By Ignatia / Inge de Waard, Aras BOZKURT, and Nilgun Özdamar Keskin in Education and Online and Distance Education. Massive Open Online Courses (MOOCs) have attracted a great deal of attention by higher education and private enterprises. MOOCs have
When students enroll in MOOCs, they almost always watch a series of video lectures. But just watching videos — without also engaging interactively — is an ineffective way to learn, according to a study by researchers at Carnegie Mellon University.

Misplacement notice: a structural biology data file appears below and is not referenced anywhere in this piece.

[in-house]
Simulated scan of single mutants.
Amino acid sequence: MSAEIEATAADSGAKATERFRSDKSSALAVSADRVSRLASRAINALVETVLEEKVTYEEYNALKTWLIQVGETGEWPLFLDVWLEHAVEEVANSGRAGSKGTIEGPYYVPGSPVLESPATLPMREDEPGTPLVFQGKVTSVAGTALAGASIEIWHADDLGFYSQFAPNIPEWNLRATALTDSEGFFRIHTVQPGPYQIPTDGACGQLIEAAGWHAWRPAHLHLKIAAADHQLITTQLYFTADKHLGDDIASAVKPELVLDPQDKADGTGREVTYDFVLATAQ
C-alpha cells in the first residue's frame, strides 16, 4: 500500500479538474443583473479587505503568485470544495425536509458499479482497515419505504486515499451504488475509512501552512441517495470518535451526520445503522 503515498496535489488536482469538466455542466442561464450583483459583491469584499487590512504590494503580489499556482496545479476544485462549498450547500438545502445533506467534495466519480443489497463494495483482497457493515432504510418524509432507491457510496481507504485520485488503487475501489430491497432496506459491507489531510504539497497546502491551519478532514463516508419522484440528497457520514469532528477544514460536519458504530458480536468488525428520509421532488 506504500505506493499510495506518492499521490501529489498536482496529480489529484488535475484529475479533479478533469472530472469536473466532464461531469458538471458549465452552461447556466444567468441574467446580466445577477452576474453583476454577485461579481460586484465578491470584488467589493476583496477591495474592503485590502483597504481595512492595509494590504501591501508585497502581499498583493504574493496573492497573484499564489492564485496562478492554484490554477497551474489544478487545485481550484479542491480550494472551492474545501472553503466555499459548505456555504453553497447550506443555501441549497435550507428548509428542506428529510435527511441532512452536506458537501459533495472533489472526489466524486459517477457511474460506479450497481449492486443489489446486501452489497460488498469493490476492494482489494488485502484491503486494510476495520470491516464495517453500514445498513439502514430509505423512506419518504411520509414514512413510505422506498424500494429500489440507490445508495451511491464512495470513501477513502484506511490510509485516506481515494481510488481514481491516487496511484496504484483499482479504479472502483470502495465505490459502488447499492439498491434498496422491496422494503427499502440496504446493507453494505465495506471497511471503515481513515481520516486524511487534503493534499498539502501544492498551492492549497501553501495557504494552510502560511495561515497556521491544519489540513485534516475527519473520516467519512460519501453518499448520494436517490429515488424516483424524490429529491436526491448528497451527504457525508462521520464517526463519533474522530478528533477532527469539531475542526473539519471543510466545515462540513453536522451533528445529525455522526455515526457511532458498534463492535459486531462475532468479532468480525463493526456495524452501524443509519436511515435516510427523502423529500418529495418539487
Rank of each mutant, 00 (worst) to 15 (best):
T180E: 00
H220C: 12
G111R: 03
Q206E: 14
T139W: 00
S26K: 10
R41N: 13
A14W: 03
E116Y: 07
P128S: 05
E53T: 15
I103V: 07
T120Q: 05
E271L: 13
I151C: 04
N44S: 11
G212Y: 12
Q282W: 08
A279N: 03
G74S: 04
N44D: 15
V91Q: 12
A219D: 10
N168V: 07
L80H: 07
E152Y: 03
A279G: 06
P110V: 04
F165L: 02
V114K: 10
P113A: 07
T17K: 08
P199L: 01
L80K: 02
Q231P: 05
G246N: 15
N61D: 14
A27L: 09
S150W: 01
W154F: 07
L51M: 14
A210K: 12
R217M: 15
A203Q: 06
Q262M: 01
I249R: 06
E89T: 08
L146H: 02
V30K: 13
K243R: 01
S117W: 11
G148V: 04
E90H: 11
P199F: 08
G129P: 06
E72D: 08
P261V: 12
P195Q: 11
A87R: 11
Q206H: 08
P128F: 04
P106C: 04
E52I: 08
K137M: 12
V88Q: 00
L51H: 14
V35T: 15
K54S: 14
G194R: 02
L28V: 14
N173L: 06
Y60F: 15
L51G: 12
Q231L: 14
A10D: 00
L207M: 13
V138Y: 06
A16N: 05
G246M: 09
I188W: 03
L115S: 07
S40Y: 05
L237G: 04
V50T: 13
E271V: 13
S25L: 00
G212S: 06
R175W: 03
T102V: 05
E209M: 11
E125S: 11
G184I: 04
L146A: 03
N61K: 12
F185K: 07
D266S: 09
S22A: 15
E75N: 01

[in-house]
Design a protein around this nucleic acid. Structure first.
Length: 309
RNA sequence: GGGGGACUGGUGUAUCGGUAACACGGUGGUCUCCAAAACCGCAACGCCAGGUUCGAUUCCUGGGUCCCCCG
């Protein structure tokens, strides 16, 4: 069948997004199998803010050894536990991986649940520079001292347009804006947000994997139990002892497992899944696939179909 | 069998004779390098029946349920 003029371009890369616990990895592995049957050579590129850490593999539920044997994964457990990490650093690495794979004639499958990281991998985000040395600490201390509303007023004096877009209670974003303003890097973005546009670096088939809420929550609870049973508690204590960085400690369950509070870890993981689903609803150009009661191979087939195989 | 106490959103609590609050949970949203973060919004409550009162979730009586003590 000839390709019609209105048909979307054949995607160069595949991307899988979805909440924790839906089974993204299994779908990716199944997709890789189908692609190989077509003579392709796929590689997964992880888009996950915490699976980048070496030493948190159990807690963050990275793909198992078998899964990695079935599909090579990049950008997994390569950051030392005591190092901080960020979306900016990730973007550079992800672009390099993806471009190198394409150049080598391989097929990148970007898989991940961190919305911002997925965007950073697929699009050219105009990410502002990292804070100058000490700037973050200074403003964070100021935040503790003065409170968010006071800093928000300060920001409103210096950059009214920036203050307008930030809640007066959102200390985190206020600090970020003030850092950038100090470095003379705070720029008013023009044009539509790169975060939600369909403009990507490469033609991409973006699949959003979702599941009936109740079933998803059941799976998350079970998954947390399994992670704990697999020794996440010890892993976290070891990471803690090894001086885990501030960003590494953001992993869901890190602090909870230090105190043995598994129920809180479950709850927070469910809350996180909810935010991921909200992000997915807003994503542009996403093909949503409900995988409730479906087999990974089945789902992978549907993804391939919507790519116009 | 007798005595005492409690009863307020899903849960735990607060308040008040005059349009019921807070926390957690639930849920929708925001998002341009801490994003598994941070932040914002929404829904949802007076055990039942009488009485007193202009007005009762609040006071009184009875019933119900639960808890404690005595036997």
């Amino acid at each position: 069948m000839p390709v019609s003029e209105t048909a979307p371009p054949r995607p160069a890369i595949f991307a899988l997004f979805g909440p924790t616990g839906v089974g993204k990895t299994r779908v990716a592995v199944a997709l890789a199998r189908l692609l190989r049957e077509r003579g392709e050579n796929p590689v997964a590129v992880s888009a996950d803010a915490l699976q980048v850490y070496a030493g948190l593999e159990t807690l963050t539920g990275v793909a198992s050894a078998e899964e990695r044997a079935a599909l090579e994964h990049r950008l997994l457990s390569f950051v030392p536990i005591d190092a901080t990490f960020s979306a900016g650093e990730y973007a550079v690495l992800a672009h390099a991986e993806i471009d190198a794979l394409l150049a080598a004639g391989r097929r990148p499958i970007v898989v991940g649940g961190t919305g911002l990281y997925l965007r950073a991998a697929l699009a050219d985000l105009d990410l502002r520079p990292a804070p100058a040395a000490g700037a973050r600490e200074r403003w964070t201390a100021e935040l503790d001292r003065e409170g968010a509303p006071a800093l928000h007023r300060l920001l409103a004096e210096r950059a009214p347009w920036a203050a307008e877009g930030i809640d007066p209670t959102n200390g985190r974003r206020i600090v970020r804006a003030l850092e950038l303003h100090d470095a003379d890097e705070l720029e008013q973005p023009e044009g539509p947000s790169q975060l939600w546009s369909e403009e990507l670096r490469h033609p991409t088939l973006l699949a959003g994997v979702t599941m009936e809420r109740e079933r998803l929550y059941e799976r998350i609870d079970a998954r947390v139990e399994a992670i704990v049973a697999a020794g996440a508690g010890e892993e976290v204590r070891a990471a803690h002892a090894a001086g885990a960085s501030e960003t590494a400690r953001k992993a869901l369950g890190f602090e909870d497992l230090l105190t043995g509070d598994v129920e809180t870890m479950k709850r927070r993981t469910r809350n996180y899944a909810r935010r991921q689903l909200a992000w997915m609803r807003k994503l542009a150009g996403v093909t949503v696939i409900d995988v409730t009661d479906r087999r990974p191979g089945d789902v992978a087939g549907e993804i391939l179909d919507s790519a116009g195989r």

The study, “Learning Is Not a Spectator Sport: Doing Is Better Than Watching for Learning From a MOOC,” looked at a generally available course, offered through the Georgia Institute of Technology, called “Introduction to Psychology as a Science.” Some students chose to take it as a traditional MOOC, spending most of their time watching video lectures. Others opted for a version that combined the MOOC and interactive materials produced by Carnegie Mellon’s Open Learning Initiative.